Merit cannot be reduced to narrow definitions of performance in an open competitive examination which only provides formal equality of opportunity, the Supreme Court said yesterday, as it upheld 27 per cent Other Backward Classes (OBC) reservation in All India Quota (AIQ) seats in the NEET for UG and PG medical courses.
Justifying allowing quota for Economically Weaker Sections (EWS) on existing quota for the current academic year, the bench said, “We are still in the midst of the pandemic and any delay in the recruitment of doctors would impact the ability to manage the pandemic. Hence, it is necessary to avoid any further delays in the admission process and allow counselling to begin immediately.”
The court said that Articles 16 (4), 15 (4), and 15 (5) of the Constitution employ group identification as a method through which substantive equality can be achieved and do not change the underlying rationale of the reservation policy that seeks to remedy the structural barriers that disadvantaged groups face in advancing in society.
“Reservation is one of the measures that is employed to overcome these barriers. The individual difference may be a result of privilege, fortune, or circumstances but it cannot be used to negate the role of reservation in remedying the structural disadvantage that certain groups suffer,” it added.
A bench of Justices D Y Chandrachud and A S Bopanna passed an order detailing reasons for upholding the 27 per cent OBC reservation and allowing a 10 per cent EWS quota on existing criteria for NEET-UG and PG this academic year.
“In view of the discussion above we hold that the reservation for OBC candidates in the AIQ seats for UG and PG medical and dental courses is constitutionally valid..,” the bench said.
It said that the information bulletin of the NEET-2021 exams specifies that the reservation applicable to NEET-PG would be notified by the counselling authority before the beginning of the counselling process.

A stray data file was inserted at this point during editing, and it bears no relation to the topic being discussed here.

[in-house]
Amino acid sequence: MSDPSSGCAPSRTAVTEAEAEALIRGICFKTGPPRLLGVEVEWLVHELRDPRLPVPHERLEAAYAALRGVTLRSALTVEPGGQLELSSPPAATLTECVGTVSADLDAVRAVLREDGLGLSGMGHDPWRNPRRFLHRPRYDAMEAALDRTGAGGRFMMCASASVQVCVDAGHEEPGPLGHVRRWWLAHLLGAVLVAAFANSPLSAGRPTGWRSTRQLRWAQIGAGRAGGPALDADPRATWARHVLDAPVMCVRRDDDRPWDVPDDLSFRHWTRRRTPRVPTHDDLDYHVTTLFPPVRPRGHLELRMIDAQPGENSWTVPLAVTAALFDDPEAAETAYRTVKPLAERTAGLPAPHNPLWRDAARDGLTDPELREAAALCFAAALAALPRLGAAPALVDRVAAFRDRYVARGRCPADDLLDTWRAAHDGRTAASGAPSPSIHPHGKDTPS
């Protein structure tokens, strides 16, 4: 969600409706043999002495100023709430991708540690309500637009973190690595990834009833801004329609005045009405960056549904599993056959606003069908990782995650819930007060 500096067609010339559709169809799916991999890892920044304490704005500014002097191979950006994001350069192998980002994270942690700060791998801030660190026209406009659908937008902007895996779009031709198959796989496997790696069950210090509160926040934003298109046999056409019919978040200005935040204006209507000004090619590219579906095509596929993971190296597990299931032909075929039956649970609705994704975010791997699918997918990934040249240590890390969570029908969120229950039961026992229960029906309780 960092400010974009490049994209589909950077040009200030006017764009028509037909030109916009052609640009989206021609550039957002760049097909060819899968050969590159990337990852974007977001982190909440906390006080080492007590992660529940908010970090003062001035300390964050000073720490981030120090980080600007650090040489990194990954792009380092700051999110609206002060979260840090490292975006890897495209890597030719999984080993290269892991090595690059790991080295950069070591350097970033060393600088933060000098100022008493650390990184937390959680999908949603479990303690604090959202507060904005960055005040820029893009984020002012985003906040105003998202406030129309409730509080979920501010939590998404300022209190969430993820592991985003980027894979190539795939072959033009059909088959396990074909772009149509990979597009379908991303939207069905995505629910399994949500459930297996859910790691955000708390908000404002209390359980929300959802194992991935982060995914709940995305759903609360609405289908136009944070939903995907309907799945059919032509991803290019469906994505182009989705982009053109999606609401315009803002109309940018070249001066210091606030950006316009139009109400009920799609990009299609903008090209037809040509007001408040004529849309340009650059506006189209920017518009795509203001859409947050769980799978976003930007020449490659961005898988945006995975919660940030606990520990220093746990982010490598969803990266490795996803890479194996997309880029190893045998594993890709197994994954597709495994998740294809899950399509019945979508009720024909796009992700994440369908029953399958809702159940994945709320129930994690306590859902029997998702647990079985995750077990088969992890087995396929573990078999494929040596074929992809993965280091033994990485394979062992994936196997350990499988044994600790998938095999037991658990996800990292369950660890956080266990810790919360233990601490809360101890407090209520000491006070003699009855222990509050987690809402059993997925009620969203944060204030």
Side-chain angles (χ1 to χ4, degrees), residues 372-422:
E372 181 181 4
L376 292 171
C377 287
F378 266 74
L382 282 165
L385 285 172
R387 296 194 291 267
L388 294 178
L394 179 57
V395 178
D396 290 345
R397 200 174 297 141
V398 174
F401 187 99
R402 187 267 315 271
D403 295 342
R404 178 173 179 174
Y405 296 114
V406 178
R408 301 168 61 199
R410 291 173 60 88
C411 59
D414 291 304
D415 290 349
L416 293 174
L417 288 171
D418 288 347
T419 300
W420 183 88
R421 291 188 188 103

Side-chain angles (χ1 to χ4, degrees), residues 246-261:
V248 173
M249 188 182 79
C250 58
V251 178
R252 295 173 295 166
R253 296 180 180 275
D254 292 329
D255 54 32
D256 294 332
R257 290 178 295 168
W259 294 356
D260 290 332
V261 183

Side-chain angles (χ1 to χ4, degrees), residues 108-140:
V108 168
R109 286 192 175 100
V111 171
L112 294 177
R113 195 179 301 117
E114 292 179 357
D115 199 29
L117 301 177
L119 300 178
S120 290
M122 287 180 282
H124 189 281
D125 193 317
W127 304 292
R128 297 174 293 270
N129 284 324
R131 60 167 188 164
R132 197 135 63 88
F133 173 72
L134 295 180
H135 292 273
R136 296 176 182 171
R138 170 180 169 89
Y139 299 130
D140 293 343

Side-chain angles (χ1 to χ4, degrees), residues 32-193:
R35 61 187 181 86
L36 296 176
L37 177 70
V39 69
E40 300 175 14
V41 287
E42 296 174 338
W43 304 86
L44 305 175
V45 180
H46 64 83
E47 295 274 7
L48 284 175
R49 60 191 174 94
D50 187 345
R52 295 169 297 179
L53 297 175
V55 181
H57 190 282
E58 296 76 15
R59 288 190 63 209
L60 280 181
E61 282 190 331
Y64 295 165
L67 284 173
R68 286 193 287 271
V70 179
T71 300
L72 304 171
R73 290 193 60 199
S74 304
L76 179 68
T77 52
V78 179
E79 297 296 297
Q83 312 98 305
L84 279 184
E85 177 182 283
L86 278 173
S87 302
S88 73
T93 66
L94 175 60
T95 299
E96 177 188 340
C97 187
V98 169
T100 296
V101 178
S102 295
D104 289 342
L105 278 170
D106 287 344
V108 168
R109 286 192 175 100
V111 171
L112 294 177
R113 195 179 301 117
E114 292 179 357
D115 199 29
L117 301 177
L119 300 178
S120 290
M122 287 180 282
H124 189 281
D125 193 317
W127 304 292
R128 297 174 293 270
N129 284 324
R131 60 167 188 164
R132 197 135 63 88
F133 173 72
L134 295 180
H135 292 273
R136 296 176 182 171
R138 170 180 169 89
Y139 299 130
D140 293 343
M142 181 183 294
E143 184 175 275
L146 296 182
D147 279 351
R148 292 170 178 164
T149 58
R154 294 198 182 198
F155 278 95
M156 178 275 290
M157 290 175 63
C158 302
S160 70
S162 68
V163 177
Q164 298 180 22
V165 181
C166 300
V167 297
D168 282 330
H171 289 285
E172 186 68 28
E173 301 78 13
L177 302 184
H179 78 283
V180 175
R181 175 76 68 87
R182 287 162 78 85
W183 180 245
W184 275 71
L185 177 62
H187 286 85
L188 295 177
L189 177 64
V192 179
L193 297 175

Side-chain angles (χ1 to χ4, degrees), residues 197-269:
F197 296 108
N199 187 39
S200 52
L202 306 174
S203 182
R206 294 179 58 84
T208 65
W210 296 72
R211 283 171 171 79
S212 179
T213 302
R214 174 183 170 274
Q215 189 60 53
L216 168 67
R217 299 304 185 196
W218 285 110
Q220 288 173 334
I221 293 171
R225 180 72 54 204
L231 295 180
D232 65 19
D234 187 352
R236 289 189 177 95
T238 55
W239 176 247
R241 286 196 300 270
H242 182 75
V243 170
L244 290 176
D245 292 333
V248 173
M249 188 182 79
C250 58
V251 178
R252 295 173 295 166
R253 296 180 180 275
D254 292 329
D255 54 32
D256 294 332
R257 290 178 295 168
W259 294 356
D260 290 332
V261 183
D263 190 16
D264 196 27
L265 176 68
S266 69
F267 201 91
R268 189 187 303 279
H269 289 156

“Therefore, the candidates while applying for NEET-PG are not provided any information on the distribution of seat matrix. Such information is provided by the counselling authority only before the counselling session is to begin. It thus cannot be argued that the rules of the game were set when the registration for the examination closed,” the bench said.
It held, “The challenge to the constitutional validity of OBC reservation in AIQ seats introduced through the notice dated July 29, 2021, is rejected in view of the discussion.”
Dealing with the issue of the validity of OBC quota, the bench said, “Merit cannot be reduced to narrow definitions of performance in an open competitive examination which only provides formal equality of opportunity. Competitive examinations assess basic current competency to allocate educational resources but are not reflective of excellence, capabilities, and potential of an individual which are also shaped by lived experiences, subsequent training, and individual character.”
The bench said that the Centre was not required to seek the permission of this court before providing reservation in AIQ seats and therefore, providing reservation in the AIQ seats is a policy decision, which will be subject to the contours of judicial review similar to every reservation policy.
The court said that crucially, open competitive examinations do not reflect the social, economic, and cultural advantage that accrues to certain classes and contributes to their success in such examinations.
“High scores in an examination are not a proxy for merit. Merit should be socially contextualized and re-conceptualized as an instrument that advances social goods like equality that we as a society value. In such a context, reservation is not at odds with merit but furthers its distributive consequences,” the bench said.
It said that the binary of merit and reservation has now become superfluous once this Court has recognized the principle of substantive equality as the mandate of Article 14 and as a facet of Articles 15 (1) and 16(1) of the Constitution.
Justice Chandrachud, who penned down a 106-page verdict, said that the exclusionary standard of merit serves to denigrate the dignity of those who face barriers in their advancement which are not of their own making.
On the EWS quota, the court said that it is a settled principle of law that in matters involving a challenge to the constitutionality of a legislation or a rule, “the court must be wary to pass an interim order unless the court is convinced that the rules are prima facie arbitrary”, it added.
The bench said, “As a result, we allow the implementation of EWS reservation in AIQ seats in NEET UG and PG seats for the academic year of 2021-2022. The EWS category shall be identified in view of the criteria in Office Memorandum of 2019.”
On January 7, the top court had paved the way for starting the stalled NEET-PG 2021 counselling process based on the existing 27 per cent OBC and 10 per cent EWS reservations in the All India Quota seats, saying there is an “urgent need” to begin the admission process.
The Centre had constituted a three-member committee, comprising Ajay Bhushan Pandey, former finance secretary, VK Malhotra, member secretary, ICSSR, and Sanjeev Sanyal, Principal Economic Adviser to the Centre to revisit the criteria for determining EWS.
It had decided to accept the recommendations of the panel to retain the current gross annual family income limit for defining EWS at ₹8 lakh or less.